Our heart – when we’re happy, we say our heart is full of joy; when we’re sad, we say our heart hurts or is broken. We often use our heart as a measure for our emotional well-being. But when our heart suffers physical damage, it’s the Cardiologists we turn to for help.
Times have changed. Multiple Sclerosis used to be a disease with very little treatment options and a progressive ability to severely disable those affected by it. Within the last five to six years, new drug therapies have proven to be making major inroads in slowing the progression of the disease and in some cases resulting in no evidence of disease activity. However, with these new drugs comes a higher risk profile and the need for greater monitoring.
At a recent standing-room only Medical Staff Association meeting at Vancouver General Hospital, more than 120 physicians turned out to learn about the Vancouver Physician Staff Association Facility Engagement (FE) plans. A request to identify priorities resulted in 36 project proposals that ultimately support better patient care. Other sites are seeing similarly enthusiastic responses from physicians. Medical staff working at 42 hospitals are being formally asked about their priorities, and have a formal structure in place where they can express their views and more importantly - be heard.
Dr. Eric Grafstein is a curious man, which always served him well. It is curiosity that led him to submit a proposal to the SSC’s Quality and Innovation (Q&I) Initiative to pilot a project to make physician telephone consultations available for more urgent calls – considered ‘red calls’ made to the HealthLinkBC 8-1-1 line. He was curious to know if adding a physician would reduce the number of ‘red calls’ ending up in the emergency department (ED). SSC funded the five-month pilot through the Q&I Initiative.
Physician Quality Improvement (PQI) (previously called: Regional Quality Improvement) is an SSC-funded initiative that provides $1.3 million annually to each health authority to support physician involvement in QI. Physicians participate in QI activities through training and completion of projects. Although the focus of PQI is to increase physician involvement – many people can participate and benefit. Anna Hwang, a recent graduate of SFU is one such person.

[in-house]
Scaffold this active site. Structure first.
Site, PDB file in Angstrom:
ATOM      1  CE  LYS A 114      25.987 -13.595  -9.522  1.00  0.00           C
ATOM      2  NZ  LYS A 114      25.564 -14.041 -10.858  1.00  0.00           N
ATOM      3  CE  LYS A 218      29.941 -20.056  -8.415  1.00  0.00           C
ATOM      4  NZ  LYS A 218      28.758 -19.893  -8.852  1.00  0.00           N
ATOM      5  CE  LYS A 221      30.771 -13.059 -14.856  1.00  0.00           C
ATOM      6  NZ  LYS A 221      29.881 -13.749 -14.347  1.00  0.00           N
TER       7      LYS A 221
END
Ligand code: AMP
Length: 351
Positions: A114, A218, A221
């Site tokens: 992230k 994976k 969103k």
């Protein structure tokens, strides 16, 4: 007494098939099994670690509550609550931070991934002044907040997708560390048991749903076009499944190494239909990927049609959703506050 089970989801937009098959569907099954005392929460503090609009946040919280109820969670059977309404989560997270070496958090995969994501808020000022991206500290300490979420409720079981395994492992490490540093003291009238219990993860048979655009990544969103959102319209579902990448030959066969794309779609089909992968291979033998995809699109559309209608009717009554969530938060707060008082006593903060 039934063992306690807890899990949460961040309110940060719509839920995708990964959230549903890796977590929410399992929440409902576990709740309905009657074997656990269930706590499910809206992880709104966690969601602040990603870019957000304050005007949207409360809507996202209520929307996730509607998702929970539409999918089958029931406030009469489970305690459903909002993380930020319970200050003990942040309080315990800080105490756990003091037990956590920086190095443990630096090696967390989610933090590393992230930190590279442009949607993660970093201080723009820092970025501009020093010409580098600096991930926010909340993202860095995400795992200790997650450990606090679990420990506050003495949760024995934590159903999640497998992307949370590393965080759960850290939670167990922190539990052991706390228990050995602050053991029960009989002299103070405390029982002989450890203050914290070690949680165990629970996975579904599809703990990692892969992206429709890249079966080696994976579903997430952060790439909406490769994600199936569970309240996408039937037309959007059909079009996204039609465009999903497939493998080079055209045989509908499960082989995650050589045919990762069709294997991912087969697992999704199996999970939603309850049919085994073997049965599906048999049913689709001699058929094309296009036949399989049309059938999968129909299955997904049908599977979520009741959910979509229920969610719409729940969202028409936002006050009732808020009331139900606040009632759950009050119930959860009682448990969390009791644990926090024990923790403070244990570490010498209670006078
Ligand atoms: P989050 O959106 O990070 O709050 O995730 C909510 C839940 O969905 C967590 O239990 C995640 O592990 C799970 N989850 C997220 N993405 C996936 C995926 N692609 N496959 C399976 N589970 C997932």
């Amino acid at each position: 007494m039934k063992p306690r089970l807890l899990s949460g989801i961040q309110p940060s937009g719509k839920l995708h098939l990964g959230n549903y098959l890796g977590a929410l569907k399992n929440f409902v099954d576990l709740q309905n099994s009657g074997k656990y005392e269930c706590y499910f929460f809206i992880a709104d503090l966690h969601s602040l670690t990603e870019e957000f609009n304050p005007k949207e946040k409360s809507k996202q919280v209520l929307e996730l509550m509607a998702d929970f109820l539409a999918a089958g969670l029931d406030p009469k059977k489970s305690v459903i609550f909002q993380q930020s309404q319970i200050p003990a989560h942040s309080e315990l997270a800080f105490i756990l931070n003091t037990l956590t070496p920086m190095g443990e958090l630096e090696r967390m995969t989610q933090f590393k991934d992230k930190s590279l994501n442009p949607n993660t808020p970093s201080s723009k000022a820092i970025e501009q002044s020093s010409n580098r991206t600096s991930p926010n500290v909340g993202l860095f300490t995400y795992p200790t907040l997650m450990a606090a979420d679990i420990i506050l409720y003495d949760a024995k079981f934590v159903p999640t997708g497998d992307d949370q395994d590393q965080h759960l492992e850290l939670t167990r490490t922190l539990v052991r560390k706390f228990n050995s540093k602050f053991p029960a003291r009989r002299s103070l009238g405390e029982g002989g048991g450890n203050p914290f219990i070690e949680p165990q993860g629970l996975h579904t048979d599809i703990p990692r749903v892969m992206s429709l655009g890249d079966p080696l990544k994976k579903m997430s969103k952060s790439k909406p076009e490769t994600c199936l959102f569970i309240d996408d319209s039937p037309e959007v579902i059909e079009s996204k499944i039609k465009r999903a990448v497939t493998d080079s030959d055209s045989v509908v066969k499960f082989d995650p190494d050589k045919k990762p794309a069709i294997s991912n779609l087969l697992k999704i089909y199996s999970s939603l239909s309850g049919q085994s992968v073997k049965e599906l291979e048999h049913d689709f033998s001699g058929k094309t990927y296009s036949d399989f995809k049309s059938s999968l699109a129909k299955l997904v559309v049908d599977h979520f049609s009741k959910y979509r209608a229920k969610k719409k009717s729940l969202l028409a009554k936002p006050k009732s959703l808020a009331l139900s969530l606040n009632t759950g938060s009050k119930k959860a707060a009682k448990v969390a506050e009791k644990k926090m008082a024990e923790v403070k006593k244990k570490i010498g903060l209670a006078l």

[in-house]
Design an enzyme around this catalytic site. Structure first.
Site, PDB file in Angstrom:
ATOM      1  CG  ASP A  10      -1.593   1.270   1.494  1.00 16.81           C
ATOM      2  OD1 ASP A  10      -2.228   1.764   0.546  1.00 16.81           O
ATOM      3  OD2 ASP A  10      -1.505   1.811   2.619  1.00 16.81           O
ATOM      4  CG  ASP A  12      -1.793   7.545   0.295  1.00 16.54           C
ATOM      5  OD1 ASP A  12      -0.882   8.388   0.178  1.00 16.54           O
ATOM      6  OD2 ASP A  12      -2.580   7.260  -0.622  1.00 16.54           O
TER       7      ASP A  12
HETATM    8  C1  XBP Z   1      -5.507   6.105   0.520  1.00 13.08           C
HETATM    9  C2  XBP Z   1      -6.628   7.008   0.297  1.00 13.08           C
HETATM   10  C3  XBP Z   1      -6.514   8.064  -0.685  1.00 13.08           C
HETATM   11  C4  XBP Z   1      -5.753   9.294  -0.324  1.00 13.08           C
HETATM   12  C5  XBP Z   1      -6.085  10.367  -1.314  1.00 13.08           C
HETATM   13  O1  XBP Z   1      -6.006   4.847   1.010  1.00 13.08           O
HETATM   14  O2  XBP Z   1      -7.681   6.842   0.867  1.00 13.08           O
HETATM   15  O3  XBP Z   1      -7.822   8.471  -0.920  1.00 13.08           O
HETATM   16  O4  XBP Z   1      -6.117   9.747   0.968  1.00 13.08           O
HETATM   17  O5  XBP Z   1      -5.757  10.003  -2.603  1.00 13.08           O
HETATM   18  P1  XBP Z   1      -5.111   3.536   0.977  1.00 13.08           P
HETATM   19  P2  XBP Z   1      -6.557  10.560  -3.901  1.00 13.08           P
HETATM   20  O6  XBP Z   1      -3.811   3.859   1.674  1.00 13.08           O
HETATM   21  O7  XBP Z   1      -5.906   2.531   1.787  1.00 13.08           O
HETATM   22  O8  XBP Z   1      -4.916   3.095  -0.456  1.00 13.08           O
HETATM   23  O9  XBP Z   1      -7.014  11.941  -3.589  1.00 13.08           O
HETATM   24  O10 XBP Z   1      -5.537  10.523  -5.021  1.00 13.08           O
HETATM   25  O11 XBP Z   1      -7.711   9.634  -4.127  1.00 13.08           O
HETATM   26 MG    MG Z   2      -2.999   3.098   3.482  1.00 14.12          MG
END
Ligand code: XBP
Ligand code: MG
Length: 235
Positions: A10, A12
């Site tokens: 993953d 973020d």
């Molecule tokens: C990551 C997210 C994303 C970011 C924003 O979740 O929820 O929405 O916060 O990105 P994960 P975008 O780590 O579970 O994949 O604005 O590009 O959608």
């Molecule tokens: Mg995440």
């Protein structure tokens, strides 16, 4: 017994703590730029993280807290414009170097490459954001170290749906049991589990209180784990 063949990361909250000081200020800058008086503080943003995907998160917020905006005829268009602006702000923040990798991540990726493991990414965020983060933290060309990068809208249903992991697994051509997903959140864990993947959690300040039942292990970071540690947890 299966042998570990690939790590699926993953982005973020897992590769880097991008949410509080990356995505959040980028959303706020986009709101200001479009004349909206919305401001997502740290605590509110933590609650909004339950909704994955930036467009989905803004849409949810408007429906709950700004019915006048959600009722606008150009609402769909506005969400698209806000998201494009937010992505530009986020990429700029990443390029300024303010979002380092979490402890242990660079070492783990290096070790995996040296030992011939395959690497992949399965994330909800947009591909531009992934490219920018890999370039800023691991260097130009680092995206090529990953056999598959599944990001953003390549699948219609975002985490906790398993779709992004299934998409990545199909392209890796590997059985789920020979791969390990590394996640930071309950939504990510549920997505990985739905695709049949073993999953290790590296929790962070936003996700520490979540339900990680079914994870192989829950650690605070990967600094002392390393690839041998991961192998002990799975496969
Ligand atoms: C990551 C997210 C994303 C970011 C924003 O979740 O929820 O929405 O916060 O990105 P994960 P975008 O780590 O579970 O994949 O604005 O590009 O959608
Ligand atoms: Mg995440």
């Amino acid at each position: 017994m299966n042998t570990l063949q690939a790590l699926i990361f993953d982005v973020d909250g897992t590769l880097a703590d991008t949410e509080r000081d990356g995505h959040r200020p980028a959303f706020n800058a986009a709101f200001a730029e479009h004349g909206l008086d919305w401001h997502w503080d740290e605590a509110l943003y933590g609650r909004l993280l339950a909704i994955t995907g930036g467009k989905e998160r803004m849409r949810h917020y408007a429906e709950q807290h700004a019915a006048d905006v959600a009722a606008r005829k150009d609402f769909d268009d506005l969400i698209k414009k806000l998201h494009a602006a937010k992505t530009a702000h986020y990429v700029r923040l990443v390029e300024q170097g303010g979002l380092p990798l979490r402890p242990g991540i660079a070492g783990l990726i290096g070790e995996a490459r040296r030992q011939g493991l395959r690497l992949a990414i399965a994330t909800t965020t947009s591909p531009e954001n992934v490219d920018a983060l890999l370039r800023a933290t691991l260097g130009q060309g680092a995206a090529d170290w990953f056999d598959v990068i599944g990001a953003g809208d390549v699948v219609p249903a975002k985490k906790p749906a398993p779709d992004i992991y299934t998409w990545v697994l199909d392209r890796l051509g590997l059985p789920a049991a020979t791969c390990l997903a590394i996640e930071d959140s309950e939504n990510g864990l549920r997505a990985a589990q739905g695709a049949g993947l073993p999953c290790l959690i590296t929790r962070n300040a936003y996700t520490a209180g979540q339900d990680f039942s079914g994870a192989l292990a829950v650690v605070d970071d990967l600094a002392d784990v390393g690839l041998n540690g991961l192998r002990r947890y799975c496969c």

It was one particular moment in medical school that propelled Dr William Siu, President of the BC Radiological Society, to venture into the field of Radiology. “While attending rounds as a senior medical student, I was blown away by what I saw an Interventional Radiologist do for a particular case – a case that highlighted the cutting edge and futuristic potential of Interventional Radiology. This was what led me to choose Radiology for my residency.”
Inspired by a TED Talk, Dr. Marilyn Thorpe, a Victoria psychiatrist working through the University of Victoria (UVic) Health Services began the Psychiatrist-led Interdisciplinary Team (PIT) project. Funded by SSC, a 30-minute PIT appointment is structured to incorporate the family doctor’s knowledge of and experience with the student-patient and a psychiatrist’s immediate assessment and care planning. If a more comprehensive review is needed, full psychiatric consultations are scheduled.
As part of SSC’s strategy to support physician engagement, SSC is funding and partnering with each Health Authority to help build physician quality improvement (QI) expertise and leadership skills through the Regional QI Initiative. The Physician Quality and Regional Safety Team (PQRST) at Fraser Health (FH) was the first to get going in April 2015. More than a year later, the first PQRST cohort has completed an evaluation of their activities, gaining some impressive results and learnings.